This journal article describes a qualitative study of 29 young adults (ages 18 to 25) living in permanent supportive housing (PSH) about their feelings of ontological security. The authors define ontological security as a feeling of well-being derived from a sense of order from one’s social and material environment. The study found ontological security (e.g., constancy, routine, control) positively affected the participants’ mental health and well-being, which helped with positive identity construction. An increase in ontological security also related to residents’ social environment and their ability to strengthen social relationships, which supported improved mental health and sense of self. Most young adults in this study regarded living in PSH as an opportunity to start their lives over and imagine their futures in a normative developmental trajectory.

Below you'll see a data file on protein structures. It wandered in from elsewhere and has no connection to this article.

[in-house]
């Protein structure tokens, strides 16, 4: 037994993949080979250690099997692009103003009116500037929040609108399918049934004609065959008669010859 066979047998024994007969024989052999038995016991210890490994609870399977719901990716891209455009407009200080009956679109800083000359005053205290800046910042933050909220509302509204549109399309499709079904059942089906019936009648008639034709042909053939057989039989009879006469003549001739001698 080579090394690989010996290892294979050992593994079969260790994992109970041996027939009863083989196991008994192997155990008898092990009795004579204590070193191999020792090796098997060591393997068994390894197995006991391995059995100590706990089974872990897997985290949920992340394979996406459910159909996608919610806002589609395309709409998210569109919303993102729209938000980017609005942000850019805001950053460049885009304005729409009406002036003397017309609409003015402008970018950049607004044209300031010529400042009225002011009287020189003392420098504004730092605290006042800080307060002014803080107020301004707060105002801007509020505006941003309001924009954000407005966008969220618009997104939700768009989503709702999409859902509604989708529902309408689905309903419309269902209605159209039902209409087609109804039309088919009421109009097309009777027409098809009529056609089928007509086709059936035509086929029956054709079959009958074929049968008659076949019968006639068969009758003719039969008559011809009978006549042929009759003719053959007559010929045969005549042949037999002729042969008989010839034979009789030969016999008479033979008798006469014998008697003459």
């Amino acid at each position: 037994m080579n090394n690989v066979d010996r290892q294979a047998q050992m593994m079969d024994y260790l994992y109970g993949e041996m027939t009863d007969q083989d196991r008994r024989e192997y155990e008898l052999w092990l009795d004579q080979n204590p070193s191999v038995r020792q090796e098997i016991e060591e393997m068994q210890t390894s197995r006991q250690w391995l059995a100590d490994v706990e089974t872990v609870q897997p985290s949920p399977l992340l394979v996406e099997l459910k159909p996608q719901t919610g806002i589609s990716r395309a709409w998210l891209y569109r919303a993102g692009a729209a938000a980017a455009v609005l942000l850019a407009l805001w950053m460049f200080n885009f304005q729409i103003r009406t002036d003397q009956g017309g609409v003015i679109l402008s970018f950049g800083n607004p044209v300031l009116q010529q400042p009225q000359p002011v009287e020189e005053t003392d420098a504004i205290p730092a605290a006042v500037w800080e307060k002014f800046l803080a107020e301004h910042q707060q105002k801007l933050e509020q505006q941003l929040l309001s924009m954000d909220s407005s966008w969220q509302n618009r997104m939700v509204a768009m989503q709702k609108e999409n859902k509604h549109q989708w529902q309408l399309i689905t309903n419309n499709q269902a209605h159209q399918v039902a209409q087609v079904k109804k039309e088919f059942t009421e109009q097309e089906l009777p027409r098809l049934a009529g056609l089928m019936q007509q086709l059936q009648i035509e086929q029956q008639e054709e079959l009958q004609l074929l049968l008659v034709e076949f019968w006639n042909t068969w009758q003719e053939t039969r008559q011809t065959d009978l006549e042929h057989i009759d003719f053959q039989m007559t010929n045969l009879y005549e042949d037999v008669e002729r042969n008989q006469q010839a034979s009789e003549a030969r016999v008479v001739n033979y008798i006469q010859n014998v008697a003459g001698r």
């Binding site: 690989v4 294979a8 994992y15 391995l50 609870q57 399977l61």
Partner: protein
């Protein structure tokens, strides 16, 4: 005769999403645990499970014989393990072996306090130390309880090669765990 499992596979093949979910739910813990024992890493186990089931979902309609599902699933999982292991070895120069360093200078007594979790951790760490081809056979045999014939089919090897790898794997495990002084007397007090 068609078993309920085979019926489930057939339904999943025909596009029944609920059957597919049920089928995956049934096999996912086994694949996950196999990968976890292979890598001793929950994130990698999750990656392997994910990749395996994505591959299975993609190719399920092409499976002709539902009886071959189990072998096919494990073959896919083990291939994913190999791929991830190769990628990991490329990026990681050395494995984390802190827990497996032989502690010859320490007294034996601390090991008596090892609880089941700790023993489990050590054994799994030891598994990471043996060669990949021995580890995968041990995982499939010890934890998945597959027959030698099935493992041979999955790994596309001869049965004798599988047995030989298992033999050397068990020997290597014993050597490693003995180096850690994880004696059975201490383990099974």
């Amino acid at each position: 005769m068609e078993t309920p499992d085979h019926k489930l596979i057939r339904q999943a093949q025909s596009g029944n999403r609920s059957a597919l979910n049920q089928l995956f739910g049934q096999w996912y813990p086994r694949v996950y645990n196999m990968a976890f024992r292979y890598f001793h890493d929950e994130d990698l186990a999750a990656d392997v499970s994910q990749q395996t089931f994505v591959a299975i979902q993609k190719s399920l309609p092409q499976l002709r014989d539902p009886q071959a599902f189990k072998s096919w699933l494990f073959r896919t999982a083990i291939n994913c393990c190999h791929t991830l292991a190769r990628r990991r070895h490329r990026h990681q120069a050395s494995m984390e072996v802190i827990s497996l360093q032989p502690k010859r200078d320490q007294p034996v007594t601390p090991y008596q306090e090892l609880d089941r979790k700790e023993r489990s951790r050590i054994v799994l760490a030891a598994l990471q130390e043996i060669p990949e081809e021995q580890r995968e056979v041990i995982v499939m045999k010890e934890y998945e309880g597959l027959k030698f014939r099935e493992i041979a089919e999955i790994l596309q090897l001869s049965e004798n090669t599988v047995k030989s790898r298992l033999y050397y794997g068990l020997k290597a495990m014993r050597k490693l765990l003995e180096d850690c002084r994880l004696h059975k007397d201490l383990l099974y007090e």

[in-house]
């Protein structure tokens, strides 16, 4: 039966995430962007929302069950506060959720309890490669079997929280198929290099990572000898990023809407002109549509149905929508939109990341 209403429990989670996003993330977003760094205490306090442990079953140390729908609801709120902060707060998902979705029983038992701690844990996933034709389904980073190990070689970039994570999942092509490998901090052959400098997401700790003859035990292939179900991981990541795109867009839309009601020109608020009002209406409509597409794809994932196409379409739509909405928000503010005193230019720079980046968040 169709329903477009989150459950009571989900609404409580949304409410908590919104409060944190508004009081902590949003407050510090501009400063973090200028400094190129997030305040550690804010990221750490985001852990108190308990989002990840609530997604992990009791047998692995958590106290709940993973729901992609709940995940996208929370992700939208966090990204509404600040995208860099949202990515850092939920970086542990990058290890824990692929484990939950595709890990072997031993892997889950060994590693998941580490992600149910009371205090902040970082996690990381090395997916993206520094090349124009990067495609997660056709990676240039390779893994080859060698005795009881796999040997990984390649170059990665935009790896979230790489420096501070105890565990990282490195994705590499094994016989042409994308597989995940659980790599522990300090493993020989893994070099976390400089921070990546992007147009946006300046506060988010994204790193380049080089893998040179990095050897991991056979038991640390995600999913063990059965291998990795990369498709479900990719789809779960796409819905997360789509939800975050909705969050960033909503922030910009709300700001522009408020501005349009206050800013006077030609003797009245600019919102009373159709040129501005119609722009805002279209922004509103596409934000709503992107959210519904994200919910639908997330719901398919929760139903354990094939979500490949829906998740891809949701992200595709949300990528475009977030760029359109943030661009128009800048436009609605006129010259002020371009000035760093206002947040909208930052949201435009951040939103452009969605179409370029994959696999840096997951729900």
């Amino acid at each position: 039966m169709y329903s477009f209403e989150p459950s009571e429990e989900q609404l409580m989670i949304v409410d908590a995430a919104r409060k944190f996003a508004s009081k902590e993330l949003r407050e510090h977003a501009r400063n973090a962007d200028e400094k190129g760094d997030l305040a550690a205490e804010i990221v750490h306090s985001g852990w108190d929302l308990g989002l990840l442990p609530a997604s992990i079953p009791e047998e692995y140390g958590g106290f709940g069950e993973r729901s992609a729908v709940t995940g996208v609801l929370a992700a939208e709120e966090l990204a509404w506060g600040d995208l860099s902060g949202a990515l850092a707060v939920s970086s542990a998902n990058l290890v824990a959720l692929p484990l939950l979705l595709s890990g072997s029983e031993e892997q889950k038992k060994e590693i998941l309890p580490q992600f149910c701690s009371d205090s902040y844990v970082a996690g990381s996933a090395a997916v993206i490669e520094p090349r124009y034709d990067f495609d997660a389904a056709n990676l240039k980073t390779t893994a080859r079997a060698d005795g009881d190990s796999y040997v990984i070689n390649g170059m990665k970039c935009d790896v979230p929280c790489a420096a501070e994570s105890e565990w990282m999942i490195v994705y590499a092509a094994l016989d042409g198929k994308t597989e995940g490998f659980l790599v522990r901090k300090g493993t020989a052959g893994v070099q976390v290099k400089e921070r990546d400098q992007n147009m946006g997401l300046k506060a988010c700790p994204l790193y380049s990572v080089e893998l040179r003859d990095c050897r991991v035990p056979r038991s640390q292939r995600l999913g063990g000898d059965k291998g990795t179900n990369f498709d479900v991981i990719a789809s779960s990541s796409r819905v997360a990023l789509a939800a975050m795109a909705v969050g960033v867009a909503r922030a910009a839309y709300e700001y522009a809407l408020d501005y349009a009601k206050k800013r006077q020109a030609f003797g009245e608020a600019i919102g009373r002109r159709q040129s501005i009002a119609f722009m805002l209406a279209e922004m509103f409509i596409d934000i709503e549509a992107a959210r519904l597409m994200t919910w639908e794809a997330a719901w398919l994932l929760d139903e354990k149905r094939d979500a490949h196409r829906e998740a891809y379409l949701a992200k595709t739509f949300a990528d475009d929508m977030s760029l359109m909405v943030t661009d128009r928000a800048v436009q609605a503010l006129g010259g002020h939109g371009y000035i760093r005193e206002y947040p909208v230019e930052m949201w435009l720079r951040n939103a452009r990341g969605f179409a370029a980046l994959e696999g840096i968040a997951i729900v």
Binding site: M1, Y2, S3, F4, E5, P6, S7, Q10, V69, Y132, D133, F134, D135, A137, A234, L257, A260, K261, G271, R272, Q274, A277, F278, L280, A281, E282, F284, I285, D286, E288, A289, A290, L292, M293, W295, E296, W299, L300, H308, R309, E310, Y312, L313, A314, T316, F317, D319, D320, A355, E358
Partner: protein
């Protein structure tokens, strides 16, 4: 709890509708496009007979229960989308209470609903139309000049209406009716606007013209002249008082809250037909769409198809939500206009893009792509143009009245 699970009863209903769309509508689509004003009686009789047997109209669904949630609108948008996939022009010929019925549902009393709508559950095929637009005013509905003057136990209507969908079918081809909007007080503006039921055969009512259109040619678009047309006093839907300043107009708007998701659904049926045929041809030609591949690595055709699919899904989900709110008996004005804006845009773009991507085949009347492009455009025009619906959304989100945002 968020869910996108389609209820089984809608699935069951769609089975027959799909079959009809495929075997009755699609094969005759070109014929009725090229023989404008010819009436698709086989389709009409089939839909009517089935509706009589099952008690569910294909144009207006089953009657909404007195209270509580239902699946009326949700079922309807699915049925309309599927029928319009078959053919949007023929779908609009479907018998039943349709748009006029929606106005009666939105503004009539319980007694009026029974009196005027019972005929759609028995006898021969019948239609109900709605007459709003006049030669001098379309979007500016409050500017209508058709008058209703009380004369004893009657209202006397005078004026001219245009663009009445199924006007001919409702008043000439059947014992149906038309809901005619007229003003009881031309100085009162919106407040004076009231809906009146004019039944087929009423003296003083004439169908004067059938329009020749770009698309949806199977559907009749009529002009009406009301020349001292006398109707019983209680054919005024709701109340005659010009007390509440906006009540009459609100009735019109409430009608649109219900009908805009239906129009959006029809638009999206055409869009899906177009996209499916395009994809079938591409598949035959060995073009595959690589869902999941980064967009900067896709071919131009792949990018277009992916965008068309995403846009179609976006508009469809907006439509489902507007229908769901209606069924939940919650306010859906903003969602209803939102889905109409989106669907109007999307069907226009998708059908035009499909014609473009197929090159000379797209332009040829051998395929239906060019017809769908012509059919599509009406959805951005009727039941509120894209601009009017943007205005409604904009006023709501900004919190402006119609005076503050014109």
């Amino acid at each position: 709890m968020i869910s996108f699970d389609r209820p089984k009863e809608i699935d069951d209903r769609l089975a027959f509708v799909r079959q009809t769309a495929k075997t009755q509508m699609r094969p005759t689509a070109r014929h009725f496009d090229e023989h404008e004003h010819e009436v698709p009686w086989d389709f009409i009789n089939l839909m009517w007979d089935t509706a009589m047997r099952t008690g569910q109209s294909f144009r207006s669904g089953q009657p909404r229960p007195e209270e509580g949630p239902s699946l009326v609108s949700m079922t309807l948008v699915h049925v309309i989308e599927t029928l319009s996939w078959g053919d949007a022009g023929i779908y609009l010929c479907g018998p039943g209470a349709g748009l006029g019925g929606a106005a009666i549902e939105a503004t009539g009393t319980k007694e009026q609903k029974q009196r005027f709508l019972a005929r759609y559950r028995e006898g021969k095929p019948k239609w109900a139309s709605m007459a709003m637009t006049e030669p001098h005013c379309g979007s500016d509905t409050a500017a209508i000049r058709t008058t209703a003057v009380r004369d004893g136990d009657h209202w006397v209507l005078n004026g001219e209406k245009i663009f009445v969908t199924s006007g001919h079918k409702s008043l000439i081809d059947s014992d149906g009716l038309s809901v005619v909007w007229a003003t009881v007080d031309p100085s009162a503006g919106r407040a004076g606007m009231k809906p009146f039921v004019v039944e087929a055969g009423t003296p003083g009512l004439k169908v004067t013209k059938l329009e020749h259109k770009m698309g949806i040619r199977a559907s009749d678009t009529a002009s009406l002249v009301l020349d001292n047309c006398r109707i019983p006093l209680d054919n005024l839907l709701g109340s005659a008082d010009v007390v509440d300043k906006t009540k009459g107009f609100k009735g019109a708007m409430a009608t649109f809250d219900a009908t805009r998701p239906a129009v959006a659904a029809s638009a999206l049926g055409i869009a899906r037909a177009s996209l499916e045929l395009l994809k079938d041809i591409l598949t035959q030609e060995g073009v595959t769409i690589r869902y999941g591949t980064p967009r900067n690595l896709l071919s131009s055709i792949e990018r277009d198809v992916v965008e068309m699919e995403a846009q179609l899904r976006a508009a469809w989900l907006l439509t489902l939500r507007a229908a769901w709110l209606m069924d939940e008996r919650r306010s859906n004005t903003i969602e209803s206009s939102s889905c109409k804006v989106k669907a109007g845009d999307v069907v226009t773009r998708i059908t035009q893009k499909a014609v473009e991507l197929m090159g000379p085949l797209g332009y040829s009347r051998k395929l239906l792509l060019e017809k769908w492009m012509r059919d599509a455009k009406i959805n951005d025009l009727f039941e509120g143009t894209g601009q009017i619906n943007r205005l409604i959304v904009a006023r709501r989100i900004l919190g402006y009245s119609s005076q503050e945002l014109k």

U.S. Department of Housing and Urban Development, Office of Policy Development and Research
Cityscape: A Journal of Policy Development and Research
Entire periodical available on the HUD Office of Policy Development and Research website at: https://www.huduser.gov/portal/periodicals/cityscpe/vol20num3/Cityscape…